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Houston Breakthrough 1980-07 - 1980-08
Pages 16 and 17
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Houston Breakthrough 1980-07 - 1980-08 - Pages 16 and 17. July 1980 - August 1980. Special Collections, University of Houston Libraries. University of Houston Digital Library. Web. April 20, 2014. http://digital.lib.uh.edu/collection/feminist/item/286/show/272.

Disclaimer: This is a general citation for reference purposes. Please consult the most recent edition of your style manual for the proper formatting of the type of source you are citing. If the date given in the citation does not match the date on the digital item, use the more accurate date below the digital item.

(July 1980 - August 1980). Houston Breakthrough 1980-07 - 1980-08 - Pages 16 and 17. Houston and Texas Feminist and Lesbian Newsletters. Special Collections, University of Houston Libraries. Retrieved from http://digital.lib.uh.edu/collection/feminist/item/286/show/272

Disclaimer: This is a general citation for reference purposes. Please consult the most recent edition of your style manual for the proper formatting of the type of source you are citing. If the date given in the citation does not match the date on the digital item, use the more accurate date below the digital item.

Houston Breakthrough 1980-07 - 1980-08 - Pages 16 and 17, July 1980 - August 1980, Houston and Texas Feminist and Lesbian Newsletters, Special Collections, University of Houston Libraries, accessed April 20, 2014, http://digital.lib.uh.edu/collection/feminist/item/286/show/272.

Disclaimer: This is a general citation for reference purposes. Please consult the most recent edition of your style manual for the proper formatting of the type of source you are citing. If the date given in the citation does not match the date on the digital item, use the more accurate date below the digital item.

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Title Houston Breakthrough 1980-07 - 1980-08
Publisher Breakthrough Publishing Co.
Date July 1980 - August 1980
Subject.Topical (LCSH)
  • Women--Texas--Periodicals
  • Feminism--United States--Periodicals
Subject.Geographic (TGN)
  • Houston, Texas
Genre (AAT)
  • periodicals
Language English
Physical Description 33 page periodical
Format (IMT)
  • image/jpeg
Original Item Location http://library.uh.edu/record=b2332724~S11
Digital Collection Houston and Texas Feminist and Lesbian Newsletters
Digital Collection URL http://digital.lib.uh.edu/collection/feminist
Repository Special Collections, University of Houston Libraries
Repository URL http://info.lib.uh.edu/about/campus-libraries-collections/special-collections
Use and Reproduction Educational use only, no other permissions given. Copyright to this resource is held by the content creator, author, artist or other entity, and is provided here for educational purposes only. It may not be reproduced or distributed in any format without written permission of the copyright owner. For more information please see the UH Digital Library Fair Use policy on the “About” page of this website.
File name index.cpd
Item Description
Title Pages 16 and 17
Subject.Topical (LCSH)
  • Women--Texas--Periodicals
  • Feminism--United States--Periodicals
Repository Special Collections, University of Houston Libraries
Use and Reproduction Educational use only, no other permissions given. Copyright to this resource is held by the content creator, author, artist or other entity, and is provided here for educational purposes only. It may not be reproduced or distributed in any format without written permission of the copyright owner. For more information please see the UH Digital Library Fair Use policy on the “About” page of this website.
File name femin_201109_562ao.jpg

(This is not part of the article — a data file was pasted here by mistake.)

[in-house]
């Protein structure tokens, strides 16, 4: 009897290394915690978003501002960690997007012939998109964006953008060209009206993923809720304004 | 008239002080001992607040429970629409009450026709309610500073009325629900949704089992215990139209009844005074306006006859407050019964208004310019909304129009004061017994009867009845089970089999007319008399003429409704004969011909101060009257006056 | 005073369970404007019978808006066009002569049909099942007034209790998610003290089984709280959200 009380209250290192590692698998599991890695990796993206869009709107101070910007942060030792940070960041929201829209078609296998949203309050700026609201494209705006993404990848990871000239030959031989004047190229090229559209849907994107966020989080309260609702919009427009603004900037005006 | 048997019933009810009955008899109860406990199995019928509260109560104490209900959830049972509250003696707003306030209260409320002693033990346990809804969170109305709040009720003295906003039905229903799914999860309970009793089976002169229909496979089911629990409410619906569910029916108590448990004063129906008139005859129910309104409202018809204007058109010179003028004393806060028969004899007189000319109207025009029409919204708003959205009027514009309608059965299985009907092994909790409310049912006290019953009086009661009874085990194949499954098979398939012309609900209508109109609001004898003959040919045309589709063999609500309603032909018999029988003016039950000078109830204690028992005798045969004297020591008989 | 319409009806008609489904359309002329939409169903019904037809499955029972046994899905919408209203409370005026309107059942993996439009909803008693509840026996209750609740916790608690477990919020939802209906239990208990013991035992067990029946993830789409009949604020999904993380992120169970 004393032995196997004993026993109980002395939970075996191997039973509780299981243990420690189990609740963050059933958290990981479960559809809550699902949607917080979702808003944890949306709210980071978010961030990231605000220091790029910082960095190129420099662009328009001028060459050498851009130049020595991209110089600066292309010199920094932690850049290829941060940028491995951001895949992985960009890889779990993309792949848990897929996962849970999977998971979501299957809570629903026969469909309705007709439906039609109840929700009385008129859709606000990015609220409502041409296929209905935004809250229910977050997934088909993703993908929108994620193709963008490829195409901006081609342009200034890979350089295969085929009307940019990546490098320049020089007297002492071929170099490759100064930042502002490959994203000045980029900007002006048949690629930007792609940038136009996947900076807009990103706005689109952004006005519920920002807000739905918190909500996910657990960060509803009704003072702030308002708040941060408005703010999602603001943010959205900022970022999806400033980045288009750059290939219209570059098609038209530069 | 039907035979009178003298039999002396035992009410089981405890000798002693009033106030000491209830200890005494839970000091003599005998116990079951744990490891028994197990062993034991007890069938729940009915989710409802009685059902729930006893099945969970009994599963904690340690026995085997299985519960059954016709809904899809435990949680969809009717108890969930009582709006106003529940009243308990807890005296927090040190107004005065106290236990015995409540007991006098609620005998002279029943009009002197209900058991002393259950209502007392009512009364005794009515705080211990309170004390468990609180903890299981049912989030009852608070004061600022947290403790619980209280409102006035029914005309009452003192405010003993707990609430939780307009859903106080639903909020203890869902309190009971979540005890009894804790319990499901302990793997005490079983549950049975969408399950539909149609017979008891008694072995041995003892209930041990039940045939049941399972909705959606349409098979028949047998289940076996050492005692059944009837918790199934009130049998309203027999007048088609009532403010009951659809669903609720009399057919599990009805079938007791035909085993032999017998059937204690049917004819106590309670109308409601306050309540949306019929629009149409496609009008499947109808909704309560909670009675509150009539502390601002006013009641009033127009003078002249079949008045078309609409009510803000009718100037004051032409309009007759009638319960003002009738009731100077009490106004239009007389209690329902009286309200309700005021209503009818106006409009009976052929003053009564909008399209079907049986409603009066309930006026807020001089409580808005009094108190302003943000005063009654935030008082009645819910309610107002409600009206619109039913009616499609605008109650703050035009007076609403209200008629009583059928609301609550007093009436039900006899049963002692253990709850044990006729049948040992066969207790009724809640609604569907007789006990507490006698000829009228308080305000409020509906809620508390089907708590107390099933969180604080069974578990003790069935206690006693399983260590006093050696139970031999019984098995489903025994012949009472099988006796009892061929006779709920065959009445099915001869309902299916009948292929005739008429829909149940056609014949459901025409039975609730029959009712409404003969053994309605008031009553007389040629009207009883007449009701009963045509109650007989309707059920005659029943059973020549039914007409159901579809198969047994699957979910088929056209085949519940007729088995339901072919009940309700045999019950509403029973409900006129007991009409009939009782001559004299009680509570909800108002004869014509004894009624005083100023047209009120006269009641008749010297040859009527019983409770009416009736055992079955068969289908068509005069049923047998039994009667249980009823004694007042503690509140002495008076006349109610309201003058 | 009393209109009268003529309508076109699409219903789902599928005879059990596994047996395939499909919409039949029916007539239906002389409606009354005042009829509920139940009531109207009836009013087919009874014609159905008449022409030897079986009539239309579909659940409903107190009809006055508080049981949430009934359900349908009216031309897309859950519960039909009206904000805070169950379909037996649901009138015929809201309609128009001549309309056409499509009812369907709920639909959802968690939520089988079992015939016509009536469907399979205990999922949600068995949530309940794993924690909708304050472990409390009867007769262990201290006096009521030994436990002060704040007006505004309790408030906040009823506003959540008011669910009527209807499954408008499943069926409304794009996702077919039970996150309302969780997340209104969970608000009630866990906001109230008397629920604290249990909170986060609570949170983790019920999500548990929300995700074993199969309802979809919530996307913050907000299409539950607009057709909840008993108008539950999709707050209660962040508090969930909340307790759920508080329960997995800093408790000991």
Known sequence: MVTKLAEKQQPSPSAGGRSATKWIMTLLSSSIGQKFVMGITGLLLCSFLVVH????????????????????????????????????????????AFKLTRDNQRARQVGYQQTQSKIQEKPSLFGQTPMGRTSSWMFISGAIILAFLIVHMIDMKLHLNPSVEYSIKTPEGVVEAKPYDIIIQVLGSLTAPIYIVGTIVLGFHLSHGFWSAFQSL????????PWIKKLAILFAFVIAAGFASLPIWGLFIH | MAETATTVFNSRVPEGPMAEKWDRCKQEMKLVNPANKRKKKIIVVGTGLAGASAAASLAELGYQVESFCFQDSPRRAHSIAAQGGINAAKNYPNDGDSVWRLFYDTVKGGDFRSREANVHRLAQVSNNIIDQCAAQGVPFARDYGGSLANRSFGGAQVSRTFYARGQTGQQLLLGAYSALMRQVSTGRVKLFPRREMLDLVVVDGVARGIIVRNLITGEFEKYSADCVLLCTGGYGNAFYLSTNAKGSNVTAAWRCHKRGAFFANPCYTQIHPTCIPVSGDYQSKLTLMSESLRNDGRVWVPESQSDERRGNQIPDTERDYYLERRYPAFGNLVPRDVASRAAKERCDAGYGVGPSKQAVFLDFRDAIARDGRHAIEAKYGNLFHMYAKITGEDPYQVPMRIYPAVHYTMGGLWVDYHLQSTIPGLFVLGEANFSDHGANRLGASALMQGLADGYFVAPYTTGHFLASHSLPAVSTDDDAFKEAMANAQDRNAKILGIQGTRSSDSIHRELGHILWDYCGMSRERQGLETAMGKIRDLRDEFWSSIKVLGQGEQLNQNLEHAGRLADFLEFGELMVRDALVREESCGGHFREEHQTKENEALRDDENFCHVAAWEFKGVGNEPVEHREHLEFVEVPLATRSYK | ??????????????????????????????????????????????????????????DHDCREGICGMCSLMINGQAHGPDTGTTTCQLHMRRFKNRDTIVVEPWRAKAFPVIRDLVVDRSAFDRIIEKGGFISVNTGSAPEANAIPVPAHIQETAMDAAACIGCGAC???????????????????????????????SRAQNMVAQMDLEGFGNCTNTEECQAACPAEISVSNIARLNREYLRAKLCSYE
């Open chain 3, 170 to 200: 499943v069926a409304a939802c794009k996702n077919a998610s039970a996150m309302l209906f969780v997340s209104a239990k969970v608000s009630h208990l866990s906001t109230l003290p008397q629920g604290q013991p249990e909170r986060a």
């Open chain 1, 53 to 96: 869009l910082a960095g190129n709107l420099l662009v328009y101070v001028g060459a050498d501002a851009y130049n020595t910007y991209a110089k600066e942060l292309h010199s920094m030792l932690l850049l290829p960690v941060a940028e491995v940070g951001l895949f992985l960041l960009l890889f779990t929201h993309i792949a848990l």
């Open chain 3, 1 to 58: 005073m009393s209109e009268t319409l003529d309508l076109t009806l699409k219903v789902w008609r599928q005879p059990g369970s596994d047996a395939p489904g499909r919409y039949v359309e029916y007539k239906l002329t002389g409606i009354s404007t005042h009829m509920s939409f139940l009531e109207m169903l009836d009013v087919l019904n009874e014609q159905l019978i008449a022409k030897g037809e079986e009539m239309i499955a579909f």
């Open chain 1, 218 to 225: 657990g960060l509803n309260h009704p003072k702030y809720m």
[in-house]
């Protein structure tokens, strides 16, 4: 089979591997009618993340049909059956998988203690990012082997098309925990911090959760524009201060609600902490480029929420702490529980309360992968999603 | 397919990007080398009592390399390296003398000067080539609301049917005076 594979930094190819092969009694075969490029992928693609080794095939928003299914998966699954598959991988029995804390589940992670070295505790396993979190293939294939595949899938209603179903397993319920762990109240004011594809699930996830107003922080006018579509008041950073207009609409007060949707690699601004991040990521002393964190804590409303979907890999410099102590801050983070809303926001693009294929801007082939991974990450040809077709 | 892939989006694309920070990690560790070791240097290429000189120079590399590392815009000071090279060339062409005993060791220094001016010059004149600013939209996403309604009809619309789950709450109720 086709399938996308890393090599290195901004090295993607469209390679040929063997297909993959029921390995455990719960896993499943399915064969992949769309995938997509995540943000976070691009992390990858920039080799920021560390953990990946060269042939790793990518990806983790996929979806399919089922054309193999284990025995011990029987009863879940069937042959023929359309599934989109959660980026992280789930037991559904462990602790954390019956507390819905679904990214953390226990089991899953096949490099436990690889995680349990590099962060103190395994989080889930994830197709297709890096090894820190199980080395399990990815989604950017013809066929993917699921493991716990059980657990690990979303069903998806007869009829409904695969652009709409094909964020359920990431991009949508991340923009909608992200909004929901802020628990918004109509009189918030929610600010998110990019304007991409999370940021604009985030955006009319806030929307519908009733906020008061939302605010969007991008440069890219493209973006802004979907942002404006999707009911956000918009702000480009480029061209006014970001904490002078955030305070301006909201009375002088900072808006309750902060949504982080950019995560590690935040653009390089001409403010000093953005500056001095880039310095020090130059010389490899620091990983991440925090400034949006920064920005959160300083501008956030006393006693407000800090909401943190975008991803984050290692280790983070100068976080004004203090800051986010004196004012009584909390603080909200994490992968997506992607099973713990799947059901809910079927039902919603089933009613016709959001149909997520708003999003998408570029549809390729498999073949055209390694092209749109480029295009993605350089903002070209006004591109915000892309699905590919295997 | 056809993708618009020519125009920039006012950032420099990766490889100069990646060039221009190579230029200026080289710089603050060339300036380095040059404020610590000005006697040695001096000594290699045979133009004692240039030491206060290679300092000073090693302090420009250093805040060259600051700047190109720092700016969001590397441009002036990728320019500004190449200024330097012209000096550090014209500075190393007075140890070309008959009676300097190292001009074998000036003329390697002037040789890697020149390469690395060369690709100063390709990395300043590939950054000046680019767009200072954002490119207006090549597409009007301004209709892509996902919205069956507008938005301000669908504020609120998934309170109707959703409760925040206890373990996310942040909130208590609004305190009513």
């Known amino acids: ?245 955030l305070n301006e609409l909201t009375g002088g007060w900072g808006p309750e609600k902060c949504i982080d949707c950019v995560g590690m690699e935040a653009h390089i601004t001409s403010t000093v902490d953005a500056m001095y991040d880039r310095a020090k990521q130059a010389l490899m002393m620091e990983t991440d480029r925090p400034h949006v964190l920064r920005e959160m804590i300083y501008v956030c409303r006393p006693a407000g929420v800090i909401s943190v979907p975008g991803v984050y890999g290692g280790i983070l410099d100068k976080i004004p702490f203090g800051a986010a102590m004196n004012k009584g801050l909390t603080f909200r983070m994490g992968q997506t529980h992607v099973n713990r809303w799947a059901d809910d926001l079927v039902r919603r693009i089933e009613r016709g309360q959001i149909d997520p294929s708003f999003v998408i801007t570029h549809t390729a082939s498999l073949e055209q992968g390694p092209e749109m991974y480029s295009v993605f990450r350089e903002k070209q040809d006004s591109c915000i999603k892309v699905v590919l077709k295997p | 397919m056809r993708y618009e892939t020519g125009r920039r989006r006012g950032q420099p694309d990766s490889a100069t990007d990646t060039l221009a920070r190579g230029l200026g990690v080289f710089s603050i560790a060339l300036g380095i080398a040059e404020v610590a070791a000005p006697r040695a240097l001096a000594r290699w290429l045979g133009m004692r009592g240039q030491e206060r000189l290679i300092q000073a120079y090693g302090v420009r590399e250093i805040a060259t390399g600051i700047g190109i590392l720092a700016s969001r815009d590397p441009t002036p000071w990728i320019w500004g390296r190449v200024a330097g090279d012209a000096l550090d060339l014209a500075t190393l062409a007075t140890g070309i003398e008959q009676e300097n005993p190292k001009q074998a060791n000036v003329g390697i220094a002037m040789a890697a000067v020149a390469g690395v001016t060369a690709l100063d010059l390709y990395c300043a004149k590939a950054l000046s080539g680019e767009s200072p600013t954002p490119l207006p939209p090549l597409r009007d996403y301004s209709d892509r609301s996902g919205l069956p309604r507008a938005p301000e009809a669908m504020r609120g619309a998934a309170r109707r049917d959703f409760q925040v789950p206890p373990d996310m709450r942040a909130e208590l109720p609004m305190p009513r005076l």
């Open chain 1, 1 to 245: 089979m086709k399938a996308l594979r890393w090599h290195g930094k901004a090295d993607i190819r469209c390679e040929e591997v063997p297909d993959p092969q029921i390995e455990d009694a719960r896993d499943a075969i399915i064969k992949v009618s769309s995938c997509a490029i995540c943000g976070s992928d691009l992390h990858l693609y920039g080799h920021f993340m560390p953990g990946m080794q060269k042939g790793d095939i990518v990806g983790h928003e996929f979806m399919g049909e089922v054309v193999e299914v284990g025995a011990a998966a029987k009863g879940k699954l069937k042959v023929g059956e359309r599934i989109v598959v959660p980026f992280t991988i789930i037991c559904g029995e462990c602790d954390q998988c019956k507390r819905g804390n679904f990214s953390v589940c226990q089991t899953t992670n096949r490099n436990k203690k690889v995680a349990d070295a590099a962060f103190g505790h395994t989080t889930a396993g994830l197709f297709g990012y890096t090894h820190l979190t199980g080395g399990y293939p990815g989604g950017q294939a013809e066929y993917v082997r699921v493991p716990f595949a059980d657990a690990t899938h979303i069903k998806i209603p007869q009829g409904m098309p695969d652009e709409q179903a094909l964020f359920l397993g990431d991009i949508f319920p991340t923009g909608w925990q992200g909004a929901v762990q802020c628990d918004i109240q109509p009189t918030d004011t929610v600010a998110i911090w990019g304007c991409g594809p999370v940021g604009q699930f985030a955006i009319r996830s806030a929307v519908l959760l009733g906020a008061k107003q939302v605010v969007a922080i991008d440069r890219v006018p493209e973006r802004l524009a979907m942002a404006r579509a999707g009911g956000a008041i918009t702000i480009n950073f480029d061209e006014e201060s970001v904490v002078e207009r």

Transcript A NEW PARTY People's needs versus corporate demands .BY VICTORIA SMIT H La Donna Harris is running as the vice-presidential candidate on the Citizens Party ticket with presidential aspirant Barry Commoner. La Donna Harris is a Comanche Indian and national president of Americans for Indian Opportunity. Her husband, former US Senator Fred Harris of Oklahoma, once ran as the populist candidate for president. This year LaDonna Harris is running as a vice-presidential candidate on the Citizens Party ticket with presidential aspirant Barry Commoner. Her support for the Citizens Party stems from her observation that the two established parties aren't addressing human needs. ". . . I just wonder how some people can come to see it—the need for change, and the ways to effect necessary changes—and other people can't." She sees an imminent danger in the corporate control in our economy because "multi-national corporations . . . have no loyalty to a community, no loyalty to a government . . ."In this country, decisions about economic policy are made so that large corporations may continue to "enjoy a 200 percent annual increase in Victoria Smith is a freelance writer and former co-editor of Space City News. 16 profits, while the smaller companies are going under, and people are getting laid off," she says. Harris regards the Citizens Party as "a chance to help build toward a [new] permanent party," one that is not merely a splinter group of the established party system, but rather one that is effectual and concerned with addressing the current problems faced by individuals in this society. Harris was in Houston recently for an organizational meeting, and Victoria Smith interviewed her. Also present was photographer David Crossley, who joins the interview toward the end. Victoria Smith: You've been active in Democratic Party politics for some time now, but not as a candidate yourself. How did you become the Citizens Party's vice presidential candidate? LaDonna Harris: I had been following the party's activities since it was first formed, but rather from a distance. In fact, Americans for Indian Opportunity was advised that the Citizens Party might be an alter native for minority people, like Indian people, and that we should take a look at it. So, I had been saying that Dr. Commoner was my candidate all along, and then a few months ago, he called me and said, "Would you be interested in running as my vice presidential candidate on the Citizens Party ticket?" I thought about it for several days, talked it over with Fred, and decided it was the right thing to do. I think one of the reasons I was chosen is that having a minority woman as a national candidate lays some important groundwork. It's like with blacks. When the public becomes accustomed to seeing blacks running for public office, and winning, it becomes an acceptable thing. I think the Citizens Party will make a major contribution here for minority women. What we hope to do in the Citizens Party is to offer a real, legitimate alternative to the two major existing parties, perhaps even replacing one of them. Neither the Democrats nor the Republicans are speaking to the central economic issue of the day—that is, corporate control of our economy. As you know, Fred ran in 1976 as a populist candidate, and tried to get the debate going on these issues within the Democratic Party. Some Democrats picked up on bits and pieces of Fred's position, but basically, he was a little ahead of his time. But we think the time has come to establish a third party—a new party—so people have a genuine option when they step into the voting booth. The immediate goal of the Citizens Party is to get on the ballots in 10 states and get five percent of the total vote in the general election in November. We're working toward qualifying in 35 states, to insure that five percent. Then we can get some funds from the Federal Election Committee and be recognized as a permanent party. And we'll be working throughout the eighties to get our candidates elected in local, state and national races. VS: Where do you think your support lies among the electorate? LH: While we're counting on a broad HOUSTON BREAKTHROUGH base of support, the people we're really appealing to are those who aren't participating, who may not even vote, since they're so disillusioned with what the two main parties have to offer. You know, some two-thirds of the 75 million Americans who became eligible to vote since 1960 have never even registered! People are angry, dissatisfied, and that's a large part of the apathy we're seeing in Election Year 1980. The polls are indicating that people think "none of the above" are appropriate. The people may not know the answers, but I think they know that the solutions the major candidates are offering are not the solutions needed for this day and time, the decade of the eighties. We've got to come up with some new ideas! VS: I know the Citizens Party has quite a few new ideas, but first, can you give us an outline of the party's analysis of American society today? LH: Of course, we're strong environmentalists—no more building or contin- JULY/AUGUST uation of nuclear plants. We want immediate development of solar and other renewable energy sources. We are firm on the economic issues, and this is key to our analysis—corporate control of the economy leads to political control. Economic decisions—what we produce, how we produce it, what kind of. cars we build, where we drill for oil— these decisions are not being made in the national interest. They're being made in the immediate interests of the big corporations, to increase their profits. These corporations indirectly, as it were, make certain decisions that directly affect our lives, like the decision to import foreign oil. I mean "indirectly" in the sense that corporate heads are certainly not sitting down and plotting ways to ruin the economy! But their decisions have nonetheless resulted in all sorts of demoralizing economic problems. Of course, we, the taxpayers, don't get to vote on crucial decisions—like whether Chrysler will build gas guzzlers— but we end up footing the bill. Now the government is doing away with all our social programs, all the social service programs, they're all just going out the window, because the economy is in bad shape and that's the first place you cut. And yet, we're still giving tax benefits to the big corporations, we're giving big loans to Chrysler. So, the Citizens Party is saying, for instance, an oil company cannot have horizontal integration, where it can be in control from the oil well pump to the car, because that means it has control of every aspect of the entire petroleum industry and our whole energy system. And not only do these corporations have control over the petroleum industry, they have it over uranium, over copper, they have a monopoly on the nuclear power end of economy, too. All this has a very direct effect on our day-to-day lives—we're all dependent on these companies for the energy that is supposed to run the economy. So not only do we pay tremendous prices for fuel, to heat our houses and run our cars, but we pay rising prices at the market because the food industry, to bring those grapefruits and garbanzos to the market, has to pay the same high fuel costs. And there are people now who are having to trade off medicines for fuel or even food. You practically have to decide whether you're going to feed yourself or your car! It's especially difficult for people on fixed incomes. And yet the major candidates aren't addressing human misery, they're talking about balancing the budget, which will take care of only about two percent of inflation. Instead of making some relatively small cuts in defense spending, they're doing away with all the programs which have subsidized some people's lives, giving them some of the services they need and deserve as American citizens. No one active in the established parties, not even Kennedy, seems willing to tackle the key question: Shall we govern the instruments of production in America in our interest—the national interest- or in the interest of the people who happen to own the capital and make the profits? VS: What do you propose to get us out 17